Reversing this trend will require better support for existing farmers, including support for transitions to agroecological management. At the same time, as we discuss in more detail below, new sustainable farmers1 must be enabled, recruited, and trained to bolster this knowledge-able workforce.
Barriers to Becoming a Sustainable Farmer
The first step toward growing an agroecologically-skilled workforce involves reducing the initial barriers to entry into farming, which may be even more challenging for farmers hoping to embrace such practices. One of the biggest barriers faced by would-be farmers is acquiring or gaining access to land, particularly land with adequate access to water. As development pressures and policies favor “productive” purposes like housing and infrastructure, national farmland acreage nationwide has decreased, often irreversibly. A recent report on farmland loss estimates a reduction of 31 million acres between 1992 and 2012 (American Farmland Trust, 2018), with African American and Native American farmers disproportionately affected by land loss (Dunbar-Ortiz, 2014; Newkirk, 2019). In California alone, 1.4 million acres of farm and grazing land were lost between 1984 and 2014, a decrease of about 50,000 acres per year (California Department of Conservation, 2019). That trend appears to be accelerating still further: according to the new USDA Agricultural Census, between 2012 and 2017, California land in farms declined by an average of 209,240 acres per year. In parallel—and perhaps as a result—remaining US farmland has steadily increased in value, with croplands doubling in appreciation in the 2004–2014 period (USDA NASS, 2017).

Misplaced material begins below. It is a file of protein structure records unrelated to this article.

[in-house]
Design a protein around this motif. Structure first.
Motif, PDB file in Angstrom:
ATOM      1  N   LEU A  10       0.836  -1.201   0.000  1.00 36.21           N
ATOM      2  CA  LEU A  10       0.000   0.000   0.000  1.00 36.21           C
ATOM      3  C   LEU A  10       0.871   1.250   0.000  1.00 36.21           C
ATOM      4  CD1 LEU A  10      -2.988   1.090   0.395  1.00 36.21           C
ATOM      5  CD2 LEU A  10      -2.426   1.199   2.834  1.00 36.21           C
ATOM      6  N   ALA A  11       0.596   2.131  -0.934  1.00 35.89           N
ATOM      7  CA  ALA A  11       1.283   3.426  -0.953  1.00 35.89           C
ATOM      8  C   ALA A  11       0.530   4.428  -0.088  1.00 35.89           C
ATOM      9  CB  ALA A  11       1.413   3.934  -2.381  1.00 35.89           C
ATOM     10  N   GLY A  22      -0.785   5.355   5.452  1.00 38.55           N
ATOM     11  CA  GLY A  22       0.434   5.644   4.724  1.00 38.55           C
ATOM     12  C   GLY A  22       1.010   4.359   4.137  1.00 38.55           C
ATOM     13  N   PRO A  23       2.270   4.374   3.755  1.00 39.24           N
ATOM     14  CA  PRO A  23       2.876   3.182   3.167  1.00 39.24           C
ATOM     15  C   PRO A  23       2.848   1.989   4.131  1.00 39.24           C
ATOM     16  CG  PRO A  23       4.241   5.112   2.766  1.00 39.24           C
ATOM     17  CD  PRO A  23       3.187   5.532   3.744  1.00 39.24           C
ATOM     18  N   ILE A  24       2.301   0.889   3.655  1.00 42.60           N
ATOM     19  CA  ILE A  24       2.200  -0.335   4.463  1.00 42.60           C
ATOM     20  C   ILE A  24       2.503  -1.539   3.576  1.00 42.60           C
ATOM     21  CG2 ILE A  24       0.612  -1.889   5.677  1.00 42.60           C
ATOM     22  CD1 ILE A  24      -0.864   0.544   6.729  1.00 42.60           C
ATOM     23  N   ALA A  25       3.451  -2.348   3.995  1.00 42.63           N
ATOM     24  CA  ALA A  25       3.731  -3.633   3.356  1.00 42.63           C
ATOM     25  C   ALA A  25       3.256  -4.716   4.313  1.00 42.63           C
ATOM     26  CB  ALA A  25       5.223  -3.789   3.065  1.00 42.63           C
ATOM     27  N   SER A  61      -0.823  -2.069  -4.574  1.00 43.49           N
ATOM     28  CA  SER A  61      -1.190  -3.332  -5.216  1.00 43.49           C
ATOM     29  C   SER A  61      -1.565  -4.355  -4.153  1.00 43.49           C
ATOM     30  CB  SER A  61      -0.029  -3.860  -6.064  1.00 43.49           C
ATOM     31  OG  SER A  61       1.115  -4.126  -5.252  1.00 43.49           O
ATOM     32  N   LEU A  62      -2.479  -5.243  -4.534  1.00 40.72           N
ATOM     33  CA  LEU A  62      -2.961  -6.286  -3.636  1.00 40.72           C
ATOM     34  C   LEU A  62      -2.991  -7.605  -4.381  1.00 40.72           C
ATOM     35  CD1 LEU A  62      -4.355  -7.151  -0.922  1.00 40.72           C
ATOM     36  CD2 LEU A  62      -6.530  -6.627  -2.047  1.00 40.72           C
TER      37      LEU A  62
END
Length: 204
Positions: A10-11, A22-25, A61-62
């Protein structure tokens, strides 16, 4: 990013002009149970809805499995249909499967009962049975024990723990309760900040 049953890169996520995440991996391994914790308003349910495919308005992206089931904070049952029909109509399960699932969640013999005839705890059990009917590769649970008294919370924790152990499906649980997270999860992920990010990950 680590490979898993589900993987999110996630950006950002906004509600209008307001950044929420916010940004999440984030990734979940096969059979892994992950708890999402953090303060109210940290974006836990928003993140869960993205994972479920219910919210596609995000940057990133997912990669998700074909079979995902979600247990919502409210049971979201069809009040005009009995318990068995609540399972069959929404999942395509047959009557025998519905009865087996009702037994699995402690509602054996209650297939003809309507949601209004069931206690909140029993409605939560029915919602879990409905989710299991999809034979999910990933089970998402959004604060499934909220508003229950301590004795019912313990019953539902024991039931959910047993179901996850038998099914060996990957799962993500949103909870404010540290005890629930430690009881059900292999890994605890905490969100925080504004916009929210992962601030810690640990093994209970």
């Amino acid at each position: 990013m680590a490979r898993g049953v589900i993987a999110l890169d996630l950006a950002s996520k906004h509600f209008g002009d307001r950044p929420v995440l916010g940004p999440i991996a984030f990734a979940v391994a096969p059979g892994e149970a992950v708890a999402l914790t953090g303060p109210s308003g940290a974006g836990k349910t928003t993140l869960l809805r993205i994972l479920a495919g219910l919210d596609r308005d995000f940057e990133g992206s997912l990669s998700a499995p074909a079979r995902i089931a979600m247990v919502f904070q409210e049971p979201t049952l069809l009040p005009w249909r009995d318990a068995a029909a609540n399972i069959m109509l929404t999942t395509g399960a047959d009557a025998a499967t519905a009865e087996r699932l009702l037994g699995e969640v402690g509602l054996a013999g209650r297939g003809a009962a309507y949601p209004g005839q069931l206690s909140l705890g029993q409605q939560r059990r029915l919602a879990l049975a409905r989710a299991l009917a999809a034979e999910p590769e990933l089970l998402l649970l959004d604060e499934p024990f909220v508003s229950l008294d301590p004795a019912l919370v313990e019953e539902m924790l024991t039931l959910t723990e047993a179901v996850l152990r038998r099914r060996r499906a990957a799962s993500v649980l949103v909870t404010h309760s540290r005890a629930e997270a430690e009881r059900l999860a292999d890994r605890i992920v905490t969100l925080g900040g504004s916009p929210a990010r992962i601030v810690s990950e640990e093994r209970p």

The aging farm population would appear to present an opportunity for new farmers (including farm workers) to buy out retirees, but without robust land use policies, much of this farmland is instead being transferred to institutional investors, which means new farmers are more likely to be tenants than farmland owners (Calo and De Master, 2016). As tenants, farmers have less autonomy to make long-term management decisions—decisions which may pose a relatively greater challenge for farmers interested in pursuing agroecology. For example, tenant farmers may not be in a position to invest in perennial crops, conservation infrastructure, or soil health (Calo and De Master, 2016).